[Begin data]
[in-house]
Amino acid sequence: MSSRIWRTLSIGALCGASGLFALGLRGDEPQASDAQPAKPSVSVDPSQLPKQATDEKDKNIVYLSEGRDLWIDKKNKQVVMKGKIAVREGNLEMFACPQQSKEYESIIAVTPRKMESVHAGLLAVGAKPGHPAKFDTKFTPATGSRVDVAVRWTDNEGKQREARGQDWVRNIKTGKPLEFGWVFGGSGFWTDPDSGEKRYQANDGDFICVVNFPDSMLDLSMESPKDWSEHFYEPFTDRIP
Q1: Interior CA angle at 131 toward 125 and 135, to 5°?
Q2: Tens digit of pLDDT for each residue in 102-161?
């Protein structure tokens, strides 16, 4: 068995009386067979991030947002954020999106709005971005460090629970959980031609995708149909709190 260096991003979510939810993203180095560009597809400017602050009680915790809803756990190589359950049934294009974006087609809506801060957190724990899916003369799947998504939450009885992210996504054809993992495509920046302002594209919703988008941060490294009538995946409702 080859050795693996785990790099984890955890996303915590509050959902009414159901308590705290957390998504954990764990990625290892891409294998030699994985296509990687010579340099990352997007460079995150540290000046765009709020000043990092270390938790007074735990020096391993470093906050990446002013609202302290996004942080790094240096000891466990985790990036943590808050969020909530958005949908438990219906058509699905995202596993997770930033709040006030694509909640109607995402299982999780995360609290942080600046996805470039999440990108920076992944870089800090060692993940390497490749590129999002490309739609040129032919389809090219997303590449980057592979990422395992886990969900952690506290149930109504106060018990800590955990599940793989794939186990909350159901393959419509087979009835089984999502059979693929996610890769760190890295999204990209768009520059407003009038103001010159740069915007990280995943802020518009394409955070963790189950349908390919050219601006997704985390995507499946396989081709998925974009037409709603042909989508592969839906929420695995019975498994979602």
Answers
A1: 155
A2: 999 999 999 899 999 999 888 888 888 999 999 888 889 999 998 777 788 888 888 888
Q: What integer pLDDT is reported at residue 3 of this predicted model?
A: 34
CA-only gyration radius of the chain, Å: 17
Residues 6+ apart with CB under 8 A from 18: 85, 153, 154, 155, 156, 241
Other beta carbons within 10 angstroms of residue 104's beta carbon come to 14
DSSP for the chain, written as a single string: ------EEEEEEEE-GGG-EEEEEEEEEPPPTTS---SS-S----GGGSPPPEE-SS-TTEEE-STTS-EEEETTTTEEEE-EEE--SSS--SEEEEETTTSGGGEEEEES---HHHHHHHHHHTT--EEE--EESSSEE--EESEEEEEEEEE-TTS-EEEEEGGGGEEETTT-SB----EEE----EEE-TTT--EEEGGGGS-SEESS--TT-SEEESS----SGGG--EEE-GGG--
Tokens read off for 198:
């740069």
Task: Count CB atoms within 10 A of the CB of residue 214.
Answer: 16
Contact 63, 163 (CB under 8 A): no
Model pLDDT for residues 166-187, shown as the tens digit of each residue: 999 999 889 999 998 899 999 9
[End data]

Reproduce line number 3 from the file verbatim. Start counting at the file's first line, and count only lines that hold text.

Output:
Q1: Interior CA angle at 131 toward 125 and 135, to 5°?